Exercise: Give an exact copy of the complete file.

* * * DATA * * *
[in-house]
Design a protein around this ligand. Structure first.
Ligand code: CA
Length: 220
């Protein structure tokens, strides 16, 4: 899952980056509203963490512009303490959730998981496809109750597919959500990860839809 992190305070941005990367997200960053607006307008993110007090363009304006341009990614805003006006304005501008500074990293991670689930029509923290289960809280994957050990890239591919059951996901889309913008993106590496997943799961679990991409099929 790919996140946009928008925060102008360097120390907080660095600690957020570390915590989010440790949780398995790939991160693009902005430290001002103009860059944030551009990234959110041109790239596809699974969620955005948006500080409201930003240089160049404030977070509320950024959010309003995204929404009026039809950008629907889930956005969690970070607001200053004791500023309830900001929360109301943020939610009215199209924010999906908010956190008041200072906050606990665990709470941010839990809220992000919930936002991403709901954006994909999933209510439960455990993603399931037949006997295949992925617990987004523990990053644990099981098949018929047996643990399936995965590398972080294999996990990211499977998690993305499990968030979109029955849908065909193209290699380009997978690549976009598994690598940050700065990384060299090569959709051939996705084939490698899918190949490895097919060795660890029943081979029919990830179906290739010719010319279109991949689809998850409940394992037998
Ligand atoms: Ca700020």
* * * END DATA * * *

[in-house]
Design a protein around this ligand. Structure first.
Ligand code: CA
Length: 220
């Protein structure tokens, strides 16, 4: 899952980056509203963490512009303490959730998981496809109750597919959500990860839809 992190305070941005990367997200960053607006307008993110007090363009304006341009990614805003006006304005501008500074990293991670689930029509923290289960809280994957050990890239591919059951996901889309913008993106590496997943799961679990991409099929 790919996140946009928008925060102008360097120390907080660095600690957020570390915590989010440790949780398995790939991160693009902005430290001002103009860059944030551009990234959110041109790239596809699974969620955005948006500080409201930003240089160049404030977070509320950024959010309003995204929404009026039809950008629907889930956005969690970070607001200053004791500023309830900001929360109301943020939610009215199209924010999906908010956190008041200072906050606990665990709470941010839990809220992000919930936002991403709901954006994909999933209510439960455990993603399931037949006997295949992925617990987004523990990053644990099981098949018929047996643990399936995965590398972080294999996990990211499977998690993305499990968030979109029955849908065909193209290699380009997978690549976009598994690598940050700065990384060299090569959709051939996705084939490698899918190949490895097919060795660890029943081979029919990830179906290739010719010319279109991949689809998850409940394992037998
Ligand atoms: Ca700020």